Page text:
Tuesday, October 21, 2008
When Rhetoric as Persuasion is Counterproductive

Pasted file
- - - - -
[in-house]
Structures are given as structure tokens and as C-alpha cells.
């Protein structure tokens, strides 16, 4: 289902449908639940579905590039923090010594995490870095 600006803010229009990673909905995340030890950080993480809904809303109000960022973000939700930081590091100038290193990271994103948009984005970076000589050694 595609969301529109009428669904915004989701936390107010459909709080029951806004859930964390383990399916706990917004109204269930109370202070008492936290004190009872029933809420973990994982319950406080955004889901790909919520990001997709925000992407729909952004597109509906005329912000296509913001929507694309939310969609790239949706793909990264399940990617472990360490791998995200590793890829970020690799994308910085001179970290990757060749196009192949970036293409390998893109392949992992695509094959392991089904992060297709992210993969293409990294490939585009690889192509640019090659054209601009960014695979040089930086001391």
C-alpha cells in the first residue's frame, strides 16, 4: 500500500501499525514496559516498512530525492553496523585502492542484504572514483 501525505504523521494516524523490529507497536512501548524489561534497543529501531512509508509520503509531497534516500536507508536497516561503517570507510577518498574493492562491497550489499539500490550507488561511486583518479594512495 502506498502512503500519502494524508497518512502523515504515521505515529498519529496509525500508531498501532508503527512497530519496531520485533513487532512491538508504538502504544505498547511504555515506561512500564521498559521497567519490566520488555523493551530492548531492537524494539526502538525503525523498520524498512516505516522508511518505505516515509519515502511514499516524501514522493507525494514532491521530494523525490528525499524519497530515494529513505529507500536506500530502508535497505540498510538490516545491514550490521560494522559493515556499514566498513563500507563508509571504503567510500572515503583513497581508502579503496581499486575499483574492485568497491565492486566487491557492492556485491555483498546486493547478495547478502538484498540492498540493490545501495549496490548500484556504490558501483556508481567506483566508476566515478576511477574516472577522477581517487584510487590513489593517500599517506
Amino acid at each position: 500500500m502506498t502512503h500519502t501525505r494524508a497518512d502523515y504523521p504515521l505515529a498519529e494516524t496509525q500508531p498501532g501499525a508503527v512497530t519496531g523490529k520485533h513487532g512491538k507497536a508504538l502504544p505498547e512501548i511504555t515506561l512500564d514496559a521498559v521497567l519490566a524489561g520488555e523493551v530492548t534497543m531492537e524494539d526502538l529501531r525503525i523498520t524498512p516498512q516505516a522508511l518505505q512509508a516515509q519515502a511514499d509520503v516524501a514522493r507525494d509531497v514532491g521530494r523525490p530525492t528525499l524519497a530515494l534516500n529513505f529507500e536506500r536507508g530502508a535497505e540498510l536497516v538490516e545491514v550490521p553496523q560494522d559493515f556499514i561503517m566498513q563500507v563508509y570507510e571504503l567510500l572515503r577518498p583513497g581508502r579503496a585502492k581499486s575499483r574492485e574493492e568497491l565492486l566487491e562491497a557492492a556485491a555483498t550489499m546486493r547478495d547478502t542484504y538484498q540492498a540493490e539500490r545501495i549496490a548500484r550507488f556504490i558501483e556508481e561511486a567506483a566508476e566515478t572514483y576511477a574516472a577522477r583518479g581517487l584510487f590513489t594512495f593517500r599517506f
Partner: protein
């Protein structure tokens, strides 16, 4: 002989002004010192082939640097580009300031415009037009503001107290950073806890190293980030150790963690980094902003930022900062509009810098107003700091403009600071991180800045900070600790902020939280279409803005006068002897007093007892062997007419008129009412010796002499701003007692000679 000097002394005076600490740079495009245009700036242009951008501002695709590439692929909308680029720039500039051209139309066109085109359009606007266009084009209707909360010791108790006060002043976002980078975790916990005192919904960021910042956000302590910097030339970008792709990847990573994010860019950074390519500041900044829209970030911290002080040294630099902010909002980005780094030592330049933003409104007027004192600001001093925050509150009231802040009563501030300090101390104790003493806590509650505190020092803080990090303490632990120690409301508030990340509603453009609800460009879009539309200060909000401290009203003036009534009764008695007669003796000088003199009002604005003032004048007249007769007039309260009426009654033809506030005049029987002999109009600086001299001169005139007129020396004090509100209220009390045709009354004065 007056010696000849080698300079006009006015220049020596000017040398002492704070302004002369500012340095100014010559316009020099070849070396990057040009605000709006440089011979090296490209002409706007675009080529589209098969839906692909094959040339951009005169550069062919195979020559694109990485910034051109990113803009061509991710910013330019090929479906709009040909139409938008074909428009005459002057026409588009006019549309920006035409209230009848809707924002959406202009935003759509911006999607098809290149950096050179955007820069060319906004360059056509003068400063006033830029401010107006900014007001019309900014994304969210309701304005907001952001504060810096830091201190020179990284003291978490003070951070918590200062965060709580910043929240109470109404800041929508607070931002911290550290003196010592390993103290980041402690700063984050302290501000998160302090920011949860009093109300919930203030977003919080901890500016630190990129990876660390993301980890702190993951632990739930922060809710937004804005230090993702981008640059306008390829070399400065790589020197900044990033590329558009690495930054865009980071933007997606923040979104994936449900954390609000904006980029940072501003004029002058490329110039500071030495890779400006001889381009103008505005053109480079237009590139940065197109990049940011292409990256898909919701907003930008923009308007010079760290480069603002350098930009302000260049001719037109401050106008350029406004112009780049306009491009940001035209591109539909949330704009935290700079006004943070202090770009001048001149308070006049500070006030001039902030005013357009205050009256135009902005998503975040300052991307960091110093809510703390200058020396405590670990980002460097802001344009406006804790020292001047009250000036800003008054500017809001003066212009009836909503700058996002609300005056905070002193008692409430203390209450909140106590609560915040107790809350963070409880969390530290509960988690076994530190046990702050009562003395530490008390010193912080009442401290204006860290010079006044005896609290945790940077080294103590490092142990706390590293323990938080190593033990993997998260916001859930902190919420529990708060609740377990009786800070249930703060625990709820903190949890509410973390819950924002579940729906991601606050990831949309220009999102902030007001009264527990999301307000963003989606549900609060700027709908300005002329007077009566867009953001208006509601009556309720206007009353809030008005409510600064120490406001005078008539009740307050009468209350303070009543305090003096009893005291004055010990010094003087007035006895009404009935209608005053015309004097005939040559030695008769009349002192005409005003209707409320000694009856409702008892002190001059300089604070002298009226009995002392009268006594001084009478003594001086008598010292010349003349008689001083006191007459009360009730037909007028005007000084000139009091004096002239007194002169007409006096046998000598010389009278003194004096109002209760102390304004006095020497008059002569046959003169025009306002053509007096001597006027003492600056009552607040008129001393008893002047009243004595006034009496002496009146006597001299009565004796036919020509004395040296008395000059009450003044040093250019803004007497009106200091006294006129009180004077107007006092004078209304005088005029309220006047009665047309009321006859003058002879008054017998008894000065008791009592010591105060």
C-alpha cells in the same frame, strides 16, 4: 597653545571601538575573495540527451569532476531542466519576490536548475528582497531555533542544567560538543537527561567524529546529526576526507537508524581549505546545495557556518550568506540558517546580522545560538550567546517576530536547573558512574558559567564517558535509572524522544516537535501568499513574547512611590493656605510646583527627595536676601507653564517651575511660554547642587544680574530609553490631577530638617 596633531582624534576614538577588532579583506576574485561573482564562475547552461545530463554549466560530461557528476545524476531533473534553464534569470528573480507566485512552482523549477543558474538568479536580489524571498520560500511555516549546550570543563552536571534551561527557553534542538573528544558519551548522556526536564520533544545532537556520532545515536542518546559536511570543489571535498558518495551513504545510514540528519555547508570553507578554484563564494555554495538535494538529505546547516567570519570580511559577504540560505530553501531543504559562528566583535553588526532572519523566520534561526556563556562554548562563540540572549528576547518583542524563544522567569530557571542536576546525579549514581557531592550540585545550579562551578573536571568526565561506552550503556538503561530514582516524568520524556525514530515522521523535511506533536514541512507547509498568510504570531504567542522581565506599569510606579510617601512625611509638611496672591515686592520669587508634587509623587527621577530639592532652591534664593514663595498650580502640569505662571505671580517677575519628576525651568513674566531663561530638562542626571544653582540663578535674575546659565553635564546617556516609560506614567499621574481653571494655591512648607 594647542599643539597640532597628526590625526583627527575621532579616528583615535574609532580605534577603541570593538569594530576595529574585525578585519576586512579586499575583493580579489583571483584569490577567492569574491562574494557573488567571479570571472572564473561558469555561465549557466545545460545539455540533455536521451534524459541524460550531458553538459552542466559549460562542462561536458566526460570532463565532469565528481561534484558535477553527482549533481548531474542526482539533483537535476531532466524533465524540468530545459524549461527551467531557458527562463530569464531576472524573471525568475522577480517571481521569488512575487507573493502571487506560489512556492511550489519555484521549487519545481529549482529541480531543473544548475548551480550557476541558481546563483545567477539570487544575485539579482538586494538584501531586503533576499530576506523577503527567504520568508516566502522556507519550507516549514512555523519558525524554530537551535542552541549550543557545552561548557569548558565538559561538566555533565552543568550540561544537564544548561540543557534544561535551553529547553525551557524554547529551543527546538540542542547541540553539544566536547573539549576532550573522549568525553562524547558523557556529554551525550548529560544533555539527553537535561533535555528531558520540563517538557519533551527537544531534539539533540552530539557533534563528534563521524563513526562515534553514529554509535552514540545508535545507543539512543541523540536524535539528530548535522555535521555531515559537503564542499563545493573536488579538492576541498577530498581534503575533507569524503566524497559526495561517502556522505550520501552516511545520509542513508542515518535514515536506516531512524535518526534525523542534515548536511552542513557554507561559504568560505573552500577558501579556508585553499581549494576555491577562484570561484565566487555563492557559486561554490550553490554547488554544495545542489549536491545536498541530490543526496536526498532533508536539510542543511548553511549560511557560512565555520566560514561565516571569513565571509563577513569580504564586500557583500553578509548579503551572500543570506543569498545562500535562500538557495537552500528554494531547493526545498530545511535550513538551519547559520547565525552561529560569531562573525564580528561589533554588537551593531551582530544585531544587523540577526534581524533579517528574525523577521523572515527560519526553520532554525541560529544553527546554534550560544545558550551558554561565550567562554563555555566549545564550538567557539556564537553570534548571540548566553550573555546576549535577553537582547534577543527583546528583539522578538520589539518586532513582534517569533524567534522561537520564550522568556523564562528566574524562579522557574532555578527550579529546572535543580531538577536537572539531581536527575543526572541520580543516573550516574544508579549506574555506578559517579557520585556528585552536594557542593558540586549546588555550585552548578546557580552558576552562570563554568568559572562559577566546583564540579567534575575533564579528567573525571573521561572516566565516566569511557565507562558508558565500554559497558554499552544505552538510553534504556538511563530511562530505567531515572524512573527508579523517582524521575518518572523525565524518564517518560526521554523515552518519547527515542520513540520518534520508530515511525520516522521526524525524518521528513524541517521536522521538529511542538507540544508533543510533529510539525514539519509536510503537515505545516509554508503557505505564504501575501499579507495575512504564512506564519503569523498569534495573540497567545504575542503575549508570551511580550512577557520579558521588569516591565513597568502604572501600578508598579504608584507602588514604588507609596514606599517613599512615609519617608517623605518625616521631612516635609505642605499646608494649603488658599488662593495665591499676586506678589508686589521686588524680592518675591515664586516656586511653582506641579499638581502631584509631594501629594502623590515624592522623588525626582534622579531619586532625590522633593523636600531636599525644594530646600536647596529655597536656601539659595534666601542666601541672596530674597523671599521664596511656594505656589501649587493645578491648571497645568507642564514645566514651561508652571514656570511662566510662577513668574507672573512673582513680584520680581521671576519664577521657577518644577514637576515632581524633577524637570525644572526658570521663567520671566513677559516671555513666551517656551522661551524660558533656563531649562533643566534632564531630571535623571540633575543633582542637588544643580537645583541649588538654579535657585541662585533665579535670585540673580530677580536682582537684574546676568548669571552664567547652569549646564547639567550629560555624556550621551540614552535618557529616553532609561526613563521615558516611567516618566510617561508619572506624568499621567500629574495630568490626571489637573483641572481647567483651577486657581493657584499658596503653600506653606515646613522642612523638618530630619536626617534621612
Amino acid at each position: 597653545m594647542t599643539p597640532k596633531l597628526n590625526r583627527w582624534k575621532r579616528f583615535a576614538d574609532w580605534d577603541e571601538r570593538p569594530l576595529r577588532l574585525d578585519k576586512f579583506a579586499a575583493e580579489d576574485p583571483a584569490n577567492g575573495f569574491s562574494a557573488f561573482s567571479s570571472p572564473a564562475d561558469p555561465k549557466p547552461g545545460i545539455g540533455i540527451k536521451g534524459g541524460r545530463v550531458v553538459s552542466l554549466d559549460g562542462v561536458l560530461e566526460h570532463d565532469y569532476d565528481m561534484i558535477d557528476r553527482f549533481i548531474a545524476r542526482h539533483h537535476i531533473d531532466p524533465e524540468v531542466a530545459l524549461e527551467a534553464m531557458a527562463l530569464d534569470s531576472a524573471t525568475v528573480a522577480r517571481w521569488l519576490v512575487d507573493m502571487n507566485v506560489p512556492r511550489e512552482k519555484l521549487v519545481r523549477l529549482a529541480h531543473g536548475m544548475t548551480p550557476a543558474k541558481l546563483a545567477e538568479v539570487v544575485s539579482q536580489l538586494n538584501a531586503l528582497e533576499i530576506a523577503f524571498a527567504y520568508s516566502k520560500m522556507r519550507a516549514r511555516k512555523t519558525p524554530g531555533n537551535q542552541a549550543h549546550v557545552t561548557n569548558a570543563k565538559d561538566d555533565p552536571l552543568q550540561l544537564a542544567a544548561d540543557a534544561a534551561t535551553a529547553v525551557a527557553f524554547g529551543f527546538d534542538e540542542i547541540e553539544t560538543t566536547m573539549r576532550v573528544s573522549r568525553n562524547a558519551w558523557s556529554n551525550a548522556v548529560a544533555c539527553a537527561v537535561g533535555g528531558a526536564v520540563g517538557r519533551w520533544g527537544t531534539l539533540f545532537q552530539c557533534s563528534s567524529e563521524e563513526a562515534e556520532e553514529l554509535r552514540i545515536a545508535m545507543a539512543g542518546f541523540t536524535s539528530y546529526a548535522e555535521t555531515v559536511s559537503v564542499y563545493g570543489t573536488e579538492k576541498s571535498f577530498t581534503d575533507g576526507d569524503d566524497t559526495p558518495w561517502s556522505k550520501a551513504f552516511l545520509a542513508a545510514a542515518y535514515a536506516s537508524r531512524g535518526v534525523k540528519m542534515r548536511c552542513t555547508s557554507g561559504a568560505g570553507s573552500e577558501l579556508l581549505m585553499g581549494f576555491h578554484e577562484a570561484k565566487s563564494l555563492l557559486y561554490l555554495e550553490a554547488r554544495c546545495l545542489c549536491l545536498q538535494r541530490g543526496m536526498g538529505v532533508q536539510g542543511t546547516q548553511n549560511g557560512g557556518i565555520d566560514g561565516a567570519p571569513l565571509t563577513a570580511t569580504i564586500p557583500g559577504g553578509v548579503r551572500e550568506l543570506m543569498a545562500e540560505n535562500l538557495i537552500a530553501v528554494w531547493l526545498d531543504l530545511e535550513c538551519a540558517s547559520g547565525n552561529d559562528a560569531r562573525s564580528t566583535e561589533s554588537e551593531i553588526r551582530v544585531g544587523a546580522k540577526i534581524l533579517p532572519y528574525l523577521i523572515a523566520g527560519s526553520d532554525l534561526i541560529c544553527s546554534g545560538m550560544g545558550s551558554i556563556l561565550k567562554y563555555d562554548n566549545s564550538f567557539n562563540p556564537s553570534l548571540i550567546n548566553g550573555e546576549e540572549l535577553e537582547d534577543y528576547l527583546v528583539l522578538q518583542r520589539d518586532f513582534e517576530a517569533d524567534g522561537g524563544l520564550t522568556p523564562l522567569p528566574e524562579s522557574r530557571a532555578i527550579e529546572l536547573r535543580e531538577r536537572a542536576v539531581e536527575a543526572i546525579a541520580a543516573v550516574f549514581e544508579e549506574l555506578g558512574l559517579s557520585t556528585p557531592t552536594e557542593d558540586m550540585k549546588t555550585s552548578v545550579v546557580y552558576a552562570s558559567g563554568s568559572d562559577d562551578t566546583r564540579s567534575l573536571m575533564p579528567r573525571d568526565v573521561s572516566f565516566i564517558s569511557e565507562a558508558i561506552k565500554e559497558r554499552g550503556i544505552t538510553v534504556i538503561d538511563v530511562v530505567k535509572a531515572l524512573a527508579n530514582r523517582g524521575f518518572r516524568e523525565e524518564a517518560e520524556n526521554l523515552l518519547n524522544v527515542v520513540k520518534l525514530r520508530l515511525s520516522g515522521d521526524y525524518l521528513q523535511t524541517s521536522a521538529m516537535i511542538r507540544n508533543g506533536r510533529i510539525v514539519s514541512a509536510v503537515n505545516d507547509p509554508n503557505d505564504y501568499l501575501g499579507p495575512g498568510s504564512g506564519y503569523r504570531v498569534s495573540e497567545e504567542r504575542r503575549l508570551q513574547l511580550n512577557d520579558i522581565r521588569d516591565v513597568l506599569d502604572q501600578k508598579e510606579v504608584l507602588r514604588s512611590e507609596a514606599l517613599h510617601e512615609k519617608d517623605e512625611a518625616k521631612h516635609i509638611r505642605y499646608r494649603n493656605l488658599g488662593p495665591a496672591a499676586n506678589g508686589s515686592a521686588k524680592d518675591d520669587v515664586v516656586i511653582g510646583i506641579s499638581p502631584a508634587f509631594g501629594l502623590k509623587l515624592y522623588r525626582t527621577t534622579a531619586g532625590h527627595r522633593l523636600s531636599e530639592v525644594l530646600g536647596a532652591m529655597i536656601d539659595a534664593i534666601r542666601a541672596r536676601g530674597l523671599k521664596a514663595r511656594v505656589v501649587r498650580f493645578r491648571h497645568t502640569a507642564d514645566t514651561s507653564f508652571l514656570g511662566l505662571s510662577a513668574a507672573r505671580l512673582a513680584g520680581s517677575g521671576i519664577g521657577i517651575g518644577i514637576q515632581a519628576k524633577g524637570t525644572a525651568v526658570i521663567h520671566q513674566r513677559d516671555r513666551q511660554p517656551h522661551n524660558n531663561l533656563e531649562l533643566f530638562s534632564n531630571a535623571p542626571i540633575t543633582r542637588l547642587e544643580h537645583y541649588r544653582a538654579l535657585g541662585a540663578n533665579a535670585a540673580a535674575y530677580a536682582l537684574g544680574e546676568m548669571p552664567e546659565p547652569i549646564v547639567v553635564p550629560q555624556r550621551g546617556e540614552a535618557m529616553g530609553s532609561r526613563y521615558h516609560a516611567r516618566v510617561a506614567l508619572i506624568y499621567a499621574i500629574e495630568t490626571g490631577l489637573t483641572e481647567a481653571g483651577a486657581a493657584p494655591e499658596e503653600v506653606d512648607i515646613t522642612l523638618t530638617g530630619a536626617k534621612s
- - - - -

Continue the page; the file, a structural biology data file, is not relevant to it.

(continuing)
An interesting post from my dad. Not to piggy-back too much on his post, but, I do think we have the tendency use rhetoric and argument to try to persuade others to see things our way. And I think this is in part the fault of thinking about rhetoric only in terms of persuasion. Seen in this way, rhetoric is only useful if we can use it to strengthen our arguments, hence, persuade people that our argument is correct. When does rhetoric become the art of persuasion and when does it become something else? When does rhetoric become a mere means of stylin' and profilin' for purposes not exclusive to argument? I think rhetoric as persuasion really applies to this election. On one hand, we say the candidates use rhetoric to persuade/strengthen their chances of being elected. But for voters, we use rhetoric to persuade others that our candidate is the best. And we've seen people use rhetoric to persuade a certain campaign that racist tactics are unfair. The moral of the story: Quit tryin to persuade people that racism is wrong. We know that. It's time that we work on ourselves.